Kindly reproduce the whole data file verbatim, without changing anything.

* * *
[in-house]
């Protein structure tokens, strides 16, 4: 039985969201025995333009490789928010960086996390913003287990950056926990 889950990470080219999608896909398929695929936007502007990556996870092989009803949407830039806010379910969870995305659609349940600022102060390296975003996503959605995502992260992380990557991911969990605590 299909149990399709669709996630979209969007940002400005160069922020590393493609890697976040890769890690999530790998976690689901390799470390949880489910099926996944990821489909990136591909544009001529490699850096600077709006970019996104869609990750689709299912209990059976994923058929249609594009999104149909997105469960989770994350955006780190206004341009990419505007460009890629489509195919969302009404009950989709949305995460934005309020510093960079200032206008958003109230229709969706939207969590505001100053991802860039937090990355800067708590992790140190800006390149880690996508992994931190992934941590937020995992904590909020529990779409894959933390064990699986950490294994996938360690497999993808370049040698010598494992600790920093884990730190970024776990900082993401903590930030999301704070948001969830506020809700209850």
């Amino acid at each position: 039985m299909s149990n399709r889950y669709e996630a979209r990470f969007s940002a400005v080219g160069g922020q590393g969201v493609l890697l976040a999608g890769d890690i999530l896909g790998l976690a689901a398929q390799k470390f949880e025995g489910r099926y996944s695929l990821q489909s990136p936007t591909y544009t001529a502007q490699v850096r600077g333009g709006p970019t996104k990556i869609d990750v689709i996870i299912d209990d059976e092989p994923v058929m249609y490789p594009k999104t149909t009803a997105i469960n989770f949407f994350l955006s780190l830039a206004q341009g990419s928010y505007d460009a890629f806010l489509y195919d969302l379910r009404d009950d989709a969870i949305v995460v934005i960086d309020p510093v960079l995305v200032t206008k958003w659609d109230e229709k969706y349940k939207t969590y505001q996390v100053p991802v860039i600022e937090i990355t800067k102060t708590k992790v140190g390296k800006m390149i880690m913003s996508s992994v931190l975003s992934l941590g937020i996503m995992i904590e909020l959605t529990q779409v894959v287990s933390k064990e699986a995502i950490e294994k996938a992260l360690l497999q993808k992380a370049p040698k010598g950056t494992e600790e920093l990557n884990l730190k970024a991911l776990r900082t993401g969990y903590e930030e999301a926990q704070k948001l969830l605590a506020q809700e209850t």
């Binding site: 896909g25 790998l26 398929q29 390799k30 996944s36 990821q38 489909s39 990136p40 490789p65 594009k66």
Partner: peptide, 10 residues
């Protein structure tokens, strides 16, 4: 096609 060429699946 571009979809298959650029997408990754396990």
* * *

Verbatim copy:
[in-house]
């Protein structure tokens, strides 16, 4: 039985969201025995333009490789928010960086996390913003287990950056926990 889950990470080219999608896909398929695929936007502007990556996870092989009803949407830039806010379910969870995305659609349940600022102060390296975003996503959605995502992260992380990557991911969990605590 299909149990399709669709996630979209969007940002400005160069922020590393493609890697976040890769890690999530790998976690689901390799470390949880489910099926996944990821489909990136591909544009001529490699850096600077709006970019996104869609990750689709299912209990059976994923058929249609594009999104149909997105469960989770994350955006780190206004341009990419505007460009890629489509195919969302009404009950989709949305995460934005309020510093960079200032206008958003109230229709969706939207969590505001100053991802860039937090990355800067708590992790140190800006390149880690996508992994931190992934941590937020995992904590909020529990779409894959933390064990699986950490294994996938360690497999993808370049040698010598494992600790920093884990730190970024776990900082993401903590930030999301704070948001969830506020809700209850």
């Amino acid at each position: 039985m299909s149990n399709r889950y669709e996630a979209r990470f969007s940002a400005v080219g160069g922020q590393g969201v493609l890697l976040a999608g890769d890690i999530l896909g790998l976690a689901a398929q390799k470390f949880e025995g489910r099926y996944s695929l990821q489909s990136p936007t591909y544009t001529a502007q490699v850096r600077g333009g709006p970019t996104k990556i869609d990750v689709i996870i299912d209990d059976e092989p994923v058929m249609y490789p594009k999104t149909t009803a997105i469960n989770f949407f994350l955006s780190l830039a206004q341009g990419s928010y505007d460009a890629f806010l489509y195919d969302l379910r009404d009950d989709a969870i949305v995460v934005i960086d309020p510093v960079l995305v200032t206008k958003w659609d109230e229709k969706y349940k939207t969590y505001q996390v100053p991802v860039i600022e937090i990355t800067k102060t708590k992790v140190g390296k800006m390149i880690m913003s996508s992994v931190l975003s992934l941590g937020i996503m995992i904590e909020l959605t529990q779409v894959v287990s933390k064990e699986a995502i950490e294994k996938a992260l360690l497999q993808k992380a370049p040698k010598g950056t494992e600790e920093l990557n884990l730190k970024a991911l776990r900082t993401g969990y903590e930030e999301a926990q704070k948001l969830l605590a506020q809700e209850t």
């Binding site: 896909g25 790998l26 398929q29 390799k30 996944s36 990821q38 489909s39 990136p40 490789p65 594009k66």
Partner: peptide, 10 residues
């Protein structure tokens, strides 16, 4: 096609 060429699946 571009979809298959650029997408990754396990």